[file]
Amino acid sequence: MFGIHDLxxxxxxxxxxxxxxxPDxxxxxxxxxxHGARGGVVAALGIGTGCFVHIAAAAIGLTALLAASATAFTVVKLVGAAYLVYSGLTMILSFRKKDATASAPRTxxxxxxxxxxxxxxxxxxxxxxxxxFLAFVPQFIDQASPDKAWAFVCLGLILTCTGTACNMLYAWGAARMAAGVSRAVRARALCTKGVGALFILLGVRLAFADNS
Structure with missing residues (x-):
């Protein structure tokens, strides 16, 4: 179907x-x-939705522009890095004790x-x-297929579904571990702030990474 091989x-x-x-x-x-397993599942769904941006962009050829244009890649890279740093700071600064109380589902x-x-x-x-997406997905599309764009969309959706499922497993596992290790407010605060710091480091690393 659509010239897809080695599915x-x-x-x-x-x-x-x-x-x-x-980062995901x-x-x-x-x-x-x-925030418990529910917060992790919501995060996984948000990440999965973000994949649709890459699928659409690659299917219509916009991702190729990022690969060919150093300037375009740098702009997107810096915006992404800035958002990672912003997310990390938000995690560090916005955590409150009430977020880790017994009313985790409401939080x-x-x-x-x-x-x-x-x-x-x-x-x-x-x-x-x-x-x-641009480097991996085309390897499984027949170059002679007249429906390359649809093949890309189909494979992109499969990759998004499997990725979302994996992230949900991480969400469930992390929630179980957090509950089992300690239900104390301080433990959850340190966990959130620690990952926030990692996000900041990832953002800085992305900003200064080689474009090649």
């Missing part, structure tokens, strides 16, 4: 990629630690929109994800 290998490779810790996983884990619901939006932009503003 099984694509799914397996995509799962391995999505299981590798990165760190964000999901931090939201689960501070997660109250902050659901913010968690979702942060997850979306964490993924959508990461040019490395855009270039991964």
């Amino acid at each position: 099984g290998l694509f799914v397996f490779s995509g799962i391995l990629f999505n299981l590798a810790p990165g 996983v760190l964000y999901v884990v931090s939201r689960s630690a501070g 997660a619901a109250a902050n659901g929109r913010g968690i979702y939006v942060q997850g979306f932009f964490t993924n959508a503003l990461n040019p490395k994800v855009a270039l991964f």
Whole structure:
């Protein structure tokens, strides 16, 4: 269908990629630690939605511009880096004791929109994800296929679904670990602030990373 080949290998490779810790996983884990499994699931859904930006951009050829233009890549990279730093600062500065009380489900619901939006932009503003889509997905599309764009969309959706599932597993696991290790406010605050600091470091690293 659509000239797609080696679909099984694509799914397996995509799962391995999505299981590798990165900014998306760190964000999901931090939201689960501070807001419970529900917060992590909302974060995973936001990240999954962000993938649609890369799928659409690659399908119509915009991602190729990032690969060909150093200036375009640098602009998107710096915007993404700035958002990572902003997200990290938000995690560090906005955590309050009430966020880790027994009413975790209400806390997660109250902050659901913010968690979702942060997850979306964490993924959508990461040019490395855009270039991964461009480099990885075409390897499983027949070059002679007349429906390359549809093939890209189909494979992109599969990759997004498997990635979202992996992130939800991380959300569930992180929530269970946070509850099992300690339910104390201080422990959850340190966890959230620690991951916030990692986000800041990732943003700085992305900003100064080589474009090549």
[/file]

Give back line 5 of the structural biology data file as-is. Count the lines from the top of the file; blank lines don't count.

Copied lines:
């Amino acid at each position: 099984g290998l694509f799914v397996f490779s995509g799962i391995l990629f999505n299981l590798a810790p990165g 996983v760190l964000y999901v884990v931090s939201r689960s630690a501070g 997660a619901a109250a902050n659901g929109r913010g968690i979702y939006v942060q997850g979306f932009f964490t993924n959508a503003l990461n040019p490395k994800v855009a270039l991964f």